Content continues after advertisement

Tick-Related Skin Lesions

Clinician's Brief (Capsule)

Infectious Disease

|July 2014

Sign in to Print/View PDF

Canine granulocytic anaplasmosis (CGA) is caused by Anaplasma phagocytophilum. This parasite is transmitted by several species of ixodid ticks in North America, Europe, and Asia. The clinical signs include fever, thrombocytopenia, lethargy, anorexia, arthropathy, and other nonspecific signs. Skin lesions have been reported in other species but not in dogs.

In this retrospective study, 52 skin biopsy specimens from 12 dogs seropositive for A phagocytophilum and responsive to doxycycline were compared with 2 specimens from 2 seronegative dogs and with 11 skin biopsy specimens from 10 dogs with unknown serologic status, compatible with tick-bite reactions. A phagocytophilum DNA was amplified in 4 of 12 seropositive dog samples. Skin lesions from the 12 dogs varied and included, but were not limited to, erythema, plaques, erosions, and crusts. Lesions were found on the head, ventral neck, ears, and ventral abdomen. Skin biopsy findings in all seropositive dogs included, but were not limited to, a perivascular-to-interstitial infiltrate of the superficial and deep dermis. A phagocytophilum was not amplified from seronegative and tick bite dogs. In 8 of the seropositive dogs, histologic findings included vasculopathy, fibrinoid necrosis of the vessel walls, and leuko-
cytoclastic changes.

Commentary

The most common tick-borne illnesses are borreliosis, canine anaplasmosis, Rocky Mountain spotted fever, ehrlichiosis, babesiosis, and canine hepatozoonosis. Lack of adequate tick control is the most important risk factor for dogs. The clinical signs of these diseases overlap, and definitive diagnosis depends on laboratory diagnostics. It is likely that skin biopsy specimens were obtained in these cases because the lesions developed in close association with the onset of systemic illness. Although the histologic review did not identify a causative agent, the key finding was presence of histologic changes compatible with vasculitis. In addition, it was likely an unexpected finding because the gross clinical descriptions were not typical of classic vasculitis. From a practical perspective, it is important to remember that vasculitis is not a definitive diagnosis, but rather a reaction pattern, often a sign of systemic illness. If found during skin biopsy, a thorough search for the cause is warranted.—Karen A. Moriello, DVM, DACVD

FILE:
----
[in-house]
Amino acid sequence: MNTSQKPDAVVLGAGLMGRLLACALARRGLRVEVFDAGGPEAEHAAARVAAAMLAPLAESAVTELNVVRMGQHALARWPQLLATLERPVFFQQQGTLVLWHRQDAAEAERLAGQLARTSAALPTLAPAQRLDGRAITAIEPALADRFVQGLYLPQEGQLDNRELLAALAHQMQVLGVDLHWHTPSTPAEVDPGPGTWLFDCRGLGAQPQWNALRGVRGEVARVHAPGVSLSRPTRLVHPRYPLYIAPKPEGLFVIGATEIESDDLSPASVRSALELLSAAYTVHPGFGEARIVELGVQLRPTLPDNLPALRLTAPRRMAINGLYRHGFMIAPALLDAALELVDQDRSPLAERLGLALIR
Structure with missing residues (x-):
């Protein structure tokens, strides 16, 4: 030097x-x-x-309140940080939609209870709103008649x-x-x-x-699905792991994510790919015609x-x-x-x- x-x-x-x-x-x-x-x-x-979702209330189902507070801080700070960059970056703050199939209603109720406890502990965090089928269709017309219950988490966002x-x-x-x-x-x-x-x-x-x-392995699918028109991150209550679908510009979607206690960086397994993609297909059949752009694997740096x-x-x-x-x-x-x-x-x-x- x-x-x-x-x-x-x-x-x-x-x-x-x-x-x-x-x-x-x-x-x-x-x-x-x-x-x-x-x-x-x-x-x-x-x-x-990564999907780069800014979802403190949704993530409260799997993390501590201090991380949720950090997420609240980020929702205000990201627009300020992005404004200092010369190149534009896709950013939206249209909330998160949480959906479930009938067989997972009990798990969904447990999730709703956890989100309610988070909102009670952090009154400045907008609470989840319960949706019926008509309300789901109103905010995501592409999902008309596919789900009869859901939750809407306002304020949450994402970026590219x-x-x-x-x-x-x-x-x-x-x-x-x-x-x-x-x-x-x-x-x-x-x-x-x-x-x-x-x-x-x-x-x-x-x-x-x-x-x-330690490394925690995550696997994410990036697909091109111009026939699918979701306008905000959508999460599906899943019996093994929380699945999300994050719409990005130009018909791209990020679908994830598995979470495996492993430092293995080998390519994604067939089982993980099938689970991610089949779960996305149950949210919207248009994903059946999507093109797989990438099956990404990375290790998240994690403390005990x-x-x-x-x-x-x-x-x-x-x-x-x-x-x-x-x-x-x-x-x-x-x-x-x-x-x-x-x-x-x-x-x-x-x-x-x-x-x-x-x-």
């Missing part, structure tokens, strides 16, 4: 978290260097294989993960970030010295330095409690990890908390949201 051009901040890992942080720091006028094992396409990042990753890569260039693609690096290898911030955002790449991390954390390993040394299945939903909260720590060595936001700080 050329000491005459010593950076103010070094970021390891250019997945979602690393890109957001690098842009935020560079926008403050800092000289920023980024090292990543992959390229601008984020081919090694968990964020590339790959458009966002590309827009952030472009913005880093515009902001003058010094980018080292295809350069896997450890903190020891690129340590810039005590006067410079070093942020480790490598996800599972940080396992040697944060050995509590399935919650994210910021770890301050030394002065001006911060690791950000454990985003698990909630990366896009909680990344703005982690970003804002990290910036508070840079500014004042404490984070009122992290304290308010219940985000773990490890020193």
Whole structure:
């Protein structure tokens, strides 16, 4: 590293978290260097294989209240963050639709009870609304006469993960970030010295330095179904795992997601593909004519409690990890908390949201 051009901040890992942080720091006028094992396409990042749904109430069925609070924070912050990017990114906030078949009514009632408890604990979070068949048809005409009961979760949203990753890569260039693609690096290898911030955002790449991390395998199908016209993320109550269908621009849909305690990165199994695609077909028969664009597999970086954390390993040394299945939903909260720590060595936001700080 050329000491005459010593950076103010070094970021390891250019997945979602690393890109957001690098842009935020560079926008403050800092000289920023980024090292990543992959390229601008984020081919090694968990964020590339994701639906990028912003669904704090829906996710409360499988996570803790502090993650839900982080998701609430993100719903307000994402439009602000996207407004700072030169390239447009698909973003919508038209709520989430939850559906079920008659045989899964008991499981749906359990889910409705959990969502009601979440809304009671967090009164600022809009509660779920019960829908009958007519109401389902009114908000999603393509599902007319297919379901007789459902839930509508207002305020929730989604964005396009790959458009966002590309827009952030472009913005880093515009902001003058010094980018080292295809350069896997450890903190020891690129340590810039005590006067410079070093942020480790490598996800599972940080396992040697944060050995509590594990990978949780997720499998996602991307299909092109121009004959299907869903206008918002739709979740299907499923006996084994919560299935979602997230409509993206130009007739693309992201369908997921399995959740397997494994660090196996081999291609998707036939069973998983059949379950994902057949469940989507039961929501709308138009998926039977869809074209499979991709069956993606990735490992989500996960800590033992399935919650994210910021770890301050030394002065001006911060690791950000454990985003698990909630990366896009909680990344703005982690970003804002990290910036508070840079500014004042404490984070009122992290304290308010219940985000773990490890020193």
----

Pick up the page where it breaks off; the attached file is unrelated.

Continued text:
Source

Anaplasma phagocytophilum DNA isolated from lesional skin of seropositive dogs. Berzina I, Krudewig C, Silaghi C, et al. TICKS TICK BORNE DIS 5:329-335, 2014.

For global readers, a calculator to convert laboratory values, dosages, and other measurements to SI units can be found here.

All Clinician's Brief content is reviewed for accuracy at the time of publication. Previously published content may not reflect recent developments in research and practice.

Material from Clinician's Brief may not be reproduced, distributed, or used in whole or in part without prior permission of Educational Concepts, LLC. For questions or inquiries please contact us.

Podcasts

Clinician's Brief:
The Podcast
Listen as host Alyssa Watson, DVM, talks with the authors of your favorite Clinician’s Brief articles. Dig deeper and explore the conversations behind the content here.
Clinician's Brief provides relevant diagnostic and treatment information for small animal practitioners. It has been ranked the #1 most essential publication by small animal veterinarians for 9 years.*

*2007-2017 PERQ and Essential Media Studies

© 2023 Educational Concepts, L.L.C. dba Brief Media ™ All Rights Reserved. Terms & Conditions | DMCA Copyright | Privacy Policy | Acceptable Use Policy